Since its founding, our program has engaged in pioneering policy advocacy and litigation around issues in asylum law. Amicus briefs filed by our program have led to ground-breaking decisions in the areas of gender asylum and child advocacy, and we continue to file litigation to expand and protect the rights of asylum-seekers.
- Jane fled to the U.S. with her daughter to save them from her abusive spouse. Attorneys and clinical students helped Jane build her case and she was granted asylum.
- A young Haitian political activist, who was targeted by political opponents for her attempts to expose electoral corruption and advocate for women’s rights, was granted asylum after working with students and supervisors at GBLS.
- “Isabel” and her children came to the U.S. seeking protection from corrupt government officials in her home country of Guatemala. After much hard work by HIRC attorneys and students, she and her family were granted withholding of removal.
- “Carla,” a Honduran woman who was a survivor of domestic violence, was granted asylum after our team submitted nearly eight hundred pages of evidence.
Sylvestre v. Garland (vacating Matter of K-S-E-) (06/21)
This appeal of a precedential Board of Immigration Appeals (“BIA”) opinion principally concerns the “firm resettlement” bar to asylum. On appeal, the Department of Justice (“DOJ”) agreed to vacate the precedential decision and remand the case. You can find a practice advisory on Matter of K-S-E- here
G-S-M- v. U.S. Attorney General (05/21)
This brief argues that gender-based violence can constitute persecution “on account of” a protected ground within the meaning of the refugee definition.
V-C- v. Garland (04/21)
This amicus brief concerns the proper understanding of “Material Evidence of Changed Circumstances” in motions to reopen asylum applications. On appeal, DOJ agreed to remand the case.
In the Matter of M-N-F-G- (04/21)
In this brief, our Program addresses the cognizability of “Guatemalan women” as a particular social group.
I-U-A- v. Garland (03/21)
This brief seeks to reverse a denial of relief in a gender-based asylum claim. DOJ agreed to voluntary remand.
Molina-Diaz v. Wilkinson (02/21)
This favorable decision grants the petition of Ms. Molina-Diaz and remands for the BIA to allow her to produce the required corroborating evidence for her withholding and Convention Against Torture (“CAT”) claims.
Pangea Legal Services II v. DHS – Complaint, TRO Request, Preliminary Injunction (12/20-01/21)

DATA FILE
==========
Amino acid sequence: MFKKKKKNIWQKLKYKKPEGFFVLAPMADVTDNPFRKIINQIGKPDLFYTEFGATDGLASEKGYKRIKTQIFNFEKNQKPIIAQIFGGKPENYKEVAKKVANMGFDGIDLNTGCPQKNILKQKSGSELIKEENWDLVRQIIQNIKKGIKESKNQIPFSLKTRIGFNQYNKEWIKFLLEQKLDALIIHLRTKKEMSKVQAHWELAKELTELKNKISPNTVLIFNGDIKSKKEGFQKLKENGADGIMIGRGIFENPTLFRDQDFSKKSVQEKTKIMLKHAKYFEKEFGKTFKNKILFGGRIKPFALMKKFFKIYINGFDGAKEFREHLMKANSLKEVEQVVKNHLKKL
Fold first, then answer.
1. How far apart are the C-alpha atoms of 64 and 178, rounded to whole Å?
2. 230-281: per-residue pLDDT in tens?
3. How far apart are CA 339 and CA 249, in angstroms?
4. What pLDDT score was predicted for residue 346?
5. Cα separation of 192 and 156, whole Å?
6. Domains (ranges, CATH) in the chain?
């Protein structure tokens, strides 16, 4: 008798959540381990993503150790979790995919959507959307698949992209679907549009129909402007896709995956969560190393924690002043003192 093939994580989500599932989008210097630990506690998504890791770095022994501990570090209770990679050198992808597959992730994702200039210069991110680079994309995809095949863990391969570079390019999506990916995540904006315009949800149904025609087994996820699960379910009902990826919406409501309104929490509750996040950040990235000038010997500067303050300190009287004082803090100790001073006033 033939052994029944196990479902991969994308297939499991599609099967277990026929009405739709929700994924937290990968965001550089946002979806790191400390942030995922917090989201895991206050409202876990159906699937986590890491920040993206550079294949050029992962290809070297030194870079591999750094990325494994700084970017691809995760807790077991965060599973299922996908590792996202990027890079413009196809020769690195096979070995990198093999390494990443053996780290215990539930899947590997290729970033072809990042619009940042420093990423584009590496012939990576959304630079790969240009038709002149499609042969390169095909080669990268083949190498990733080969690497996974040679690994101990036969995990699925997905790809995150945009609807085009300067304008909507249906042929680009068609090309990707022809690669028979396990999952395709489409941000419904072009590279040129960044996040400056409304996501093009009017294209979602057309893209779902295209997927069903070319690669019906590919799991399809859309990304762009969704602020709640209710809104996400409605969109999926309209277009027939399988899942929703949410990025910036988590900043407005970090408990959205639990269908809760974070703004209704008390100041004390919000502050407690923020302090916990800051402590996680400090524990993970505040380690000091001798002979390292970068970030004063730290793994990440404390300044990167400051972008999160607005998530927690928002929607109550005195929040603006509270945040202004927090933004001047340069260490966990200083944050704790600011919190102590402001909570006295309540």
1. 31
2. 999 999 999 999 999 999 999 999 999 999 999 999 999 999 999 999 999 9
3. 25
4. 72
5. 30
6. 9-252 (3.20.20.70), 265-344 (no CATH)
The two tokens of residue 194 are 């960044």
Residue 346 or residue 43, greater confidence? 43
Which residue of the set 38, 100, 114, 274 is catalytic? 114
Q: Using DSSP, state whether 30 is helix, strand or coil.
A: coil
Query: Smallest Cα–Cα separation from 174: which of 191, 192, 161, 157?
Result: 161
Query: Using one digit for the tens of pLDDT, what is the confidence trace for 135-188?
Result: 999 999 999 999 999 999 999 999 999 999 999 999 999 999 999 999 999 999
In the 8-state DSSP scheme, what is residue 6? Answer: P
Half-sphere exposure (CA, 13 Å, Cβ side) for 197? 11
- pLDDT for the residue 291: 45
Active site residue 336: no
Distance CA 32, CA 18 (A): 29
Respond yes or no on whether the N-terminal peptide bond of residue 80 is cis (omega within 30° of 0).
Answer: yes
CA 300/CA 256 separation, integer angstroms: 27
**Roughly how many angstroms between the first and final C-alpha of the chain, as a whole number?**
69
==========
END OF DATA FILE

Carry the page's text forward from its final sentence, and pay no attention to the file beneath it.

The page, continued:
This complaint and Temporary Restraining Order (“TRO”) were filed regarding a new rule that would restrict asylum eligibility. Our Program represents plaintiffs in the lawsuit that was filed. A preliminary injunction was granted following our TRO request.
Pangea Legal Services et al. v. DHS – Complaint, Decision, Litigation Update & FAQs (11/20-12/20)
Our Program represents plaintiffs in a lawsuit filed against the U.S. Department of Homeland Security (“DHS”) regarding a new rule that drastically restricts asylum eligibility. The decision issues a nationwide injunction against a new rule that would restrict asylum eligibility. There is also a document that provides background information, updates, and a Frequently Asked Questions (“FAQs”) section on the litigation.
F-G- v. Barr – Addendum Part I, Part II, & Part III (10/20)
This amicus brief asserts that gender constitutes a cognizable particular social group for asylum and statutory withholding of removal cases.
Al Otro Lado Inc. et al v. Wolf (10/20)
This brief argues that the U.S.’s illegal “metering” practices at the southern border constitute an actionable violation of international law under the Alien Tort Statute.
Vasques v. Wolf (08/20)
This brief addresses the dangerous effects of the Migrant Protection Protocols.
De Pena-Paniagua v. Barr – Decision (04/20)
The First Circuit recognized that ‘Dominican women’ could comprise a cognizable “particular social group” under the Refugee Act, and that the Board erred in applying Matter of A-B- to this case.
U.T. et al. v. Barr (03/20)
This brief challenges the Asylum Cooperative Agreements with Guatemala, Honduras, and El Salvador and argues against the designation of Guatemala as a “safe third country.”
Diaz Reynoso v. Barr (02/20)
This amicus brief argues that gender constitutes a cognizable particular social group for asylum and statutory withholding of removal cases.
DHS v. Vijayakumar Thuraissigiam (01/20)
This brief challenges the expedited removal of bona fide asylum-seekers.
In the Matter of A-B- (01/20)
In this brief, HIRC and GBLS address the cognizability of “Salvadoran women” as a particular social group.